This post is part of a series that explores the Basics of Educational Storytelling. Largely taken from my master”™s thesis, The Value and Principles of Educational Storytelling (which can be read here), this I will lay the foundation for an educational storytelling model regardless of setting and medium. We look at the basic elements of storytelling, five guiding principles and educational stories, and practical tips.
Check out the rest of the series.
Building Blocks of Story
Before we can tell great educational stories, we must learn to tell great stories. Three of the greatest storytelling teachers of our time — Robert McKee, Christopher Vogler, and Donna Cooper — have spent their lives discovering what makes a story work. I have synthesized their researcher so that we can stand on the shoulders of giants.
Working from our basic definition of story:
A person (character) doing something (plot) in a place and time (setting).
Robert McKee (1997)
McKee defines setting as the period, duration, location, and level of conflict. “These four dimensions frame the story’s world; but to inspire the multitude of creative choices you need to tell an original, cliche-free story, and you must fill that frame with a depth and breadth of detail” (p. 181 ). In other words, the author of a story must create a world that is as believable and real as the world we all exist in. The fictitious world, may not follow the same laws of nature, but must work according to a sense of internal logic (p. 186).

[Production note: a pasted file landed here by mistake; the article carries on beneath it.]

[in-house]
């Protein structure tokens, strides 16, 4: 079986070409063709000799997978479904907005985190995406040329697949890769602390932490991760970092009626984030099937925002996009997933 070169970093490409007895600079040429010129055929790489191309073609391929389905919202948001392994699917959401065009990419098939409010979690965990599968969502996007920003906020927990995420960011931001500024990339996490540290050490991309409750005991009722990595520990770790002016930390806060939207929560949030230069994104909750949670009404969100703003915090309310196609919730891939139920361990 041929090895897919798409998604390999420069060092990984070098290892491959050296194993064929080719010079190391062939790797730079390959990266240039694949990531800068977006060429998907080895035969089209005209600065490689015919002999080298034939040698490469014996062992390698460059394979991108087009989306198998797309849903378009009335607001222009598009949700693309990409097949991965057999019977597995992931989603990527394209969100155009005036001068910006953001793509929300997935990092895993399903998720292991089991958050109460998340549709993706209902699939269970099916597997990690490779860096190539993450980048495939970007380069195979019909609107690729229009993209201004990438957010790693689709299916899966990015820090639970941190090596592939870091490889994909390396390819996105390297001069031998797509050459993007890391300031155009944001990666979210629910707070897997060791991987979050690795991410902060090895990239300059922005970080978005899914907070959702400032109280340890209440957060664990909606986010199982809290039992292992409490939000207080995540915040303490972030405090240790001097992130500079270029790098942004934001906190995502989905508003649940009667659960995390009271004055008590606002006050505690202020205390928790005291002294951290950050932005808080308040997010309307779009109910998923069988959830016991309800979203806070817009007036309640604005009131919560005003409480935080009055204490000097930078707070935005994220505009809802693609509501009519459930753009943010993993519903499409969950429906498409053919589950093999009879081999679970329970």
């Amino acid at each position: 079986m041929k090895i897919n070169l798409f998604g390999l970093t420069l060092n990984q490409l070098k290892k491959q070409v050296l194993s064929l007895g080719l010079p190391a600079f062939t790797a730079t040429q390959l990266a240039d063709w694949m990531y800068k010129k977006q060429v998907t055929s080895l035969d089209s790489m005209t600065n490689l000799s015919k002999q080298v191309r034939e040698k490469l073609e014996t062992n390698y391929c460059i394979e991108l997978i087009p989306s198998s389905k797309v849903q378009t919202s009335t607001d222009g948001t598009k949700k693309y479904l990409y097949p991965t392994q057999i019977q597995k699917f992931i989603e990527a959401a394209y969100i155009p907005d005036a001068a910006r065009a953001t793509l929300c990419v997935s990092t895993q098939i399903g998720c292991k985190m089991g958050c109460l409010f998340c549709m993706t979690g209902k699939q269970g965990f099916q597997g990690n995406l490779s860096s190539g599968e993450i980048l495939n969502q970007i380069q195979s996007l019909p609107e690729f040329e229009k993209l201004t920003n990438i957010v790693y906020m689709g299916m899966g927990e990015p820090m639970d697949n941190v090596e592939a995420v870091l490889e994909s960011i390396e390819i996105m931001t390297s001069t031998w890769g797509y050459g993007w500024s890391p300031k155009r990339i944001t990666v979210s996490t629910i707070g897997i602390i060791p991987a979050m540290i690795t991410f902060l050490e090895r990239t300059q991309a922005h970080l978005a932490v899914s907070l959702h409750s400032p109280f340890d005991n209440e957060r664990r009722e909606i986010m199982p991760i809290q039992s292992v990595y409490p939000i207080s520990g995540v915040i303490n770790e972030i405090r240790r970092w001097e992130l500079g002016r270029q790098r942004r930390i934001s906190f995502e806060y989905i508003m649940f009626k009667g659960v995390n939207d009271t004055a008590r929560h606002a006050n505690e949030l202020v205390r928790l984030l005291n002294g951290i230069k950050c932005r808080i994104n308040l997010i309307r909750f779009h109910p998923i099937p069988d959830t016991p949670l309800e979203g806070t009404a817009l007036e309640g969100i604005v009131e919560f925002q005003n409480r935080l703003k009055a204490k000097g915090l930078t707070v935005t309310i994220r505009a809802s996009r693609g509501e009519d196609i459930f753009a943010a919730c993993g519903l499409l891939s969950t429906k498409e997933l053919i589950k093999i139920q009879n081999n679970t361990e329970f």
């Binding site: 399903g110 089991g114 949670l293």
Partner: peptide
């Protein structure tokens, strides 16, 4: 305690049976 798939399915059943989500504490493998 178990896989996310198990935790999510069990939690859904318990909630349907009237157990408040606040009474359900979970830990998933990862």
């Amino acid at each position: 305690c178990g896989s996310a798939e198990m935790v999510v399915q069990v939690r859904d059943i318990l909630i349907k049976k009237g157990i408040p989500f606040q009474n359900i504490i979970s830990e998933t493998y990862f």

“A story must obey its own internal laws of probability. The event choices of the writer, therefore, are limited to the possibilities and probabilities within the world he creates” (p. 70). “The world of a story must be small enough that the mind of a single artist can surround the fictional universe it creates and come to know it in the same depth and detail that God knows the one He created … by the time you finish your last draft, you must possess a commanding knowledge of your setting in such depth and detail that no one could raise a question about your world … that you couldn’t answer instantly” (p. 71).
There are eight general questions that McKee suggests one asks while developing a world. (p. 181-183)
- How do my characters make a living?
- What are the politics of my world?
- What are the rituals of my world?
- What are the values in my world?
- What is the genre or combination of genres?
- What are the biographies of my characters?
- What is the backstory?
- What is my cast design?
Christopher Vogler (2007)
In the Mythic Structure there are two worlds: the ordinary world and the special world. Both of these worlds may be physical lands or worlds, or sets of circumstances and lifestyles. The ordinary world is the Hero’s life in balance. He understands the rules of survival, knows what he needs to know to be successful, and considers everything in order. It may not be a perfect world, but it is his world. This world may or may not be the same as the audience, and the further from the audiences world it seems, the more time must be spent defining the rules of the ordinary world.
The special world is where the Hero ventures after the ordinary world is thrown out of balance. The Herald gives the call to adventure, and the Hero accepts traversing the unknown. This special world has a new set of rules, new allies and enemies, and seems strange to the Hero (if not to the Audience). The Mentor typically serves as guide throughout at least some of this journey.
You can read more about the hero’s journey here.
Unfortunately, Donna Cooper doesn’t teach much about setting. If you are interested, check out worldbuildingschool.com for more resources. Especially for fantasy stories.
This wraps up our chapters on the Elements of Story. Next in The Basics of Educational Storytelling, we will break down the five basic principles we will use to create educational stories..